When a file seems to import and go into the project OK, but the project acts up during editing
or saving as a movie, it's usually related to a codec, and the source file should be converted
first. In conversion of video files, aim toward AVI files, even if it's already an AVI (like
an AVI compressed with the Divx codec converted to another AVI file using a different codec).
The Help file with MM2 says you can import video files with these extensions:
.asf, .avi, .m1v, .mp2, .mp2v, mpe, mpeg, .mpg, .mpv2, .wm, and .wmv..... but it's not a given
that a file will work if it has one of those extensions. The MPEG2 file type that MM2 has problems
with may have an .mpg extension. If it's on the list, but doesn't work.... you'll still need
to resolve it.
For picture files the types listed in MM2 Help are: bmp, dib, emf, gif, jfif,
jpe, jpeg, jpg, png, tif, tiff, and wmf.
Picture files don't need to be cropped or resized unless you don't like black borders. If that's
the case, then you need to align their shapes with the standard 4:3 and widescreen 16:9 aspect
ratio that you're working at.
Animated GIF files deserve a few words - a GIF file might be a still image or an animated one.
Movie Maker doesn't know which one it is until it's imported, so it imports it as if it's a still
picture. But once in the collection it knows its like a video clip so it treats it as a video
from that point. This is great for getting your animation into a Movie Maker project, but unless
it's shaped like the aspect ratio you use, it'll be squeezed or squashed as needed to fit the
working ratio. If it continued to treat it as a still picture, it would be shaped right with
And per the Help info, audio files with extensions
of aif, aifc, .au, .mp2, .mp3, .mpa, .snd, .wav, and .wma will work. The more difficult issues
with such files have to do with bitrates, sample rates and other audio file properties.
MM1 narration files are captured as WAV files. MM2 narrations are
WMA. So I'd expect those two file types to work the best.
What formats are needed for discs, tapes, etc?
Tapes are easy, assuming it's a digital camcorder
tape, either mini-DV or digital8.... the file on the tape is the same as a DV-AVI
file on your computer. When you use MM2 to save it to tape, it makes a temporary DV-AVI file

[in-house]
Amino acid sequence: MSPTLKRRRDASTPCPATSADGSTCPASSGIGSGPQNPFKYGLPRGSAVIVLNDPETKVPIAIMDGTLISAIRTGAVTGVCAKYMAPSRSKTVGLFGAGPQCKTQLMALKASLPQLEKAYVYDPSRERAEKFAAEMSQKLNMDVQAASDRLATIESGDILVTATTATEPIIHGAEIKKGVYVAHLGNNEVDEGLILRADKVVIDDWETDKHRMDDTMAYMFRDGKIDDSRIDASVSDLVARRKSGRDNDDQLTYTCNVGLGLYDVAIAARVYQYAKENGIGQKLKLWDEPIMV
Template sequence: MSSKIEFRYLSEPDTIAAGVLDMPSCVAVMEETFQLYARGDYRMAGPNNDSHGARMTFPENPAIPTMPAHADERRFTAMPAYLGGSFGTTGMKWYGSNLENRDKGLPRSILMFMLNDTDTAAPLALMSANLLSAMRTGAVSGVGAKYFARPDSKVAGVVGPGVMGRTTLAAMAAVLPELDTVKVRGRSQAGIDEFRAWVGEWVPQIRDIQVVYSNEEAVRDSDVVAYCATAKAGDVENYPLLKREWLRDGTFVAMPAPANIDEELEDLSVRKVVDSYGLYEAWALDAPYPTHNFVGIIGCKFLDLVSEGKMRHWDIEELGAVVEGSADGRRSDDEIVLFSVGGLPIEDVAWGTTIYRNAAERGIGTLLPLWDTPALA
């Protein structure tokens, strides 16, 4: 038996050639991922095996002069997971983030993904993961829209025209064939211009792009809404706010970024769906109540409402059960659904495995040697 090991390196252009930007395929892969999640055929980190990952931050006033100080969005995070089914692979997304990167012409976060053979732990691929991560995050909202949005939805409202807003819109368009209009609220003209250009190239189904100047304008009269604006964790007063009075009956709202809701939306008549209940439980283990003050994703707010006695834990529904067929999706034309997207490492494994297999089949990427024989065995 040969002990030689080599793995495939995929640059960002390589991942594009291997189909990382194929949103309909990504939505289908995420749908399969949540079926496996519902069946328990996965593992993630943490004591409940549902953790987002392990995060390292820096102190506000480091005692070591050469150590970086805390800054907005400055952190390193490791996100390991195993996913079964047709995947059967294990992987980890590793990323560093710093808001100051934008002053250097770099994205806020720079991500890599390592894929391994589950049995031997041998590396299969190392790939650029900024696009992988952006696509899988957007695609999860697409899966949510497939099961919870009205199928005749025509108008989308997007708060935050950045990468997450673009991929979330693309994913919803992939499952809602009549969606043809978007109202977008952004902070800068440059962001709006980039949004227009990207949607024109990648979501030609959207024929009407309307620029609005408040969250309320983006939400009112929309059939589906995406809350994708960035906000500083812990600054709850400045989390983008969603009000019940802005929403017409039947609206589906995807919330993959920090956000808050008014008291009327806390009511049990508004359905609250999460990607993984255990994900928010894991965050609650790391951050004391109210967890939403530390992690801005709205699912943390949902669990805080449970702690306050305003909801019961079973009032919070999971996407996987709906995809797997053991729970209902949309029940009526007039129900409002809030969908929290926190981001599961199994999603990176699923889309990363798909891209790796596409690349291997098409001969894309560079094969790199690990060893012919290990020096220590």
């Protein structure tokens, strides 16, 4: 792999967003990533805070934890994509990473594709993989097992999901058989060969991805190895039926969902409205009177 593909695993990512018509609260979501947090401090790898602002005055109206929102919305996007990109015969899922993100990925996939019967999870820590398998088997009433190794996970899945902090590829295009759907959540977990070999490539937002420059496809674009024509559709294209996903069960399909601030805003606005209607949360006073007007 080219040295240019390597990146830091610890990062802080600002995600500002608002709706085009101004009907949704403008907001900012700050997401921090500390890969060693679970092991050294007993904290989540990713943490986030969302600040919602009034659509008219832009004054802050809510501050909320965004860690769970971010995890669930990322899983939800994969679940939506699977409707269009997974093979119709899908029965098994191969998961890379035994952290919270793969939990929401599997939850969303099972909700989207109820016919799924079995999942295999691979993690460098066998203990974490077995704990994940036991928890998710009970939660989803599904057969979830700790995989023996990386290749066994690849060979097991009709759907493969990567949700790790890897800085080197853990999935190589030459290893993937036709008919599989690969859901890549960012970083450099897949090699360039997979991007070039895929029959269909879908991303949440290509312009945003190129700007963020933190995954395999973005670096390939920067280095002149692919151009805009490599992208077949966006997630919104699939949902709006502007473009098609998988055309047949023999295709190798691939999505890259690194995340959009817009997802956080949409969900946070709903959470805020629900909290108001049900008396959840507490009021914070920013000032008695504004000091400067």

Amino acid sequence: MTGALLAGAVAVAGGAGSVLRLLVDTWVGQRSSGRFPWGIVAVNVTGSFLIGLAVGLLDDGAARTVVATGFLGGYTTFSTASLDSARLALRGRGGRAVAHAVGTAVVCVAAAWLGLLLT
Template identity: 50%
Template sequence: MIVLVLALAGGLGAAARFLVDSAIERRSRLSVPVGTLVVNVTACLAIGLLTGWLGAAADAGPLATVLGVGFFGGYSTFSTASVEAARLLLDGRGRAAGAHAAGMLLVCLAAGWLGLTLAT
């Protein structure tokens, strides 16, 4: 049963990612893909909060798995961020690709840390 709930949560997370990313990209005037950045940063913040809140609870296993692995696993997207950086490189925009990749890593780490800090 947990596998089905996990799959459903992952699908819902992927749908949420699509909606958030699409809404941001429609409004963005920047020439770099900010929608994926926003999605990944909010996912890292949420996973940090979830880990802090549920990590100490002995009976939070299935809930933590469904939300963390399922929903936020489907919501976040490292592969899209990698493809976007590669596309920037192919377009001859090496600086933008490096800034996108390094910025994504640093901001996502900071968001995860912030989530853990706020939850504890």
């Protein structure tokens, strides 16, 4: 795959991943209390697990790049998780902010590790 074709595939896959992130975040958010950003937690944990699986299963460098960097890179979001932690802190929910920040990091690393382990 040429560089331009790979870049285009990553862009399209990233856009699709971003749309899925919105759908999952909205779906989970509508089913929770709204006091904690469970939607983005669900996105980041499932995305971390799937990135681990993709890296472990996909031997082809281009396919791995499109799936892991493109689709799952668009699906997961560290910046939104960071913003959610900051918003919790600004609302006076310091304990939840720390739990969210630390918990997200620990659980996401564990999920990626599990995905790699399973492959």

on your computer and copies it to the tape.
You can also save it first to your hard drive as a DV-AVI file,
and then use a utility such as WinDV to copy it from there to the camcorder. Doing it in
two steps lets you more easily try again if the saving process wasn't successful or camcorder
tape playback isn't smooth. You don't have to render it again.
There have been lots of positive posts about experience using
the WinDV utility. Here's the link to download it:
Disc burning to play on computers
is also easy.... just copy a saved WMV file to a standard blank CD. It'll
play on other computers just like it plays on yours.
The world of TV viewing is different than
computer viewing. Those discs require MPEG (Moving Picture Experts Group)
files, MPEG1 for VCDs and MPEG2 for SVCDs and DVDs. Save your MM2 movies using either WMV
or DV-AVI formats, and use your disc authoring/burning software to convert them to MPEG files.
DV-AVI files are the best quality if headed toward a DVD....
but the differences between starting with a DV-AVI file and a high quality WMV file are not
That's as far as I'll take this subject in this newsletter.
It would be easy to take off into other topics such as codecs, audio issues, the steps involved
in converting files, and other related items. But I'm trying to limit it this newsletter
to file types.
I'm involved in many things that support the users of Movie Maker and PhotoStory, and adding more
daily. Here's a list of those that are available to the public. Some are free and others are reasonably
Wrote 14 hacks that will be included in a new O'Reilly book about Windows Media Hacks
When ordering these books, I'd appreciate you using the links to Amazon on the main page of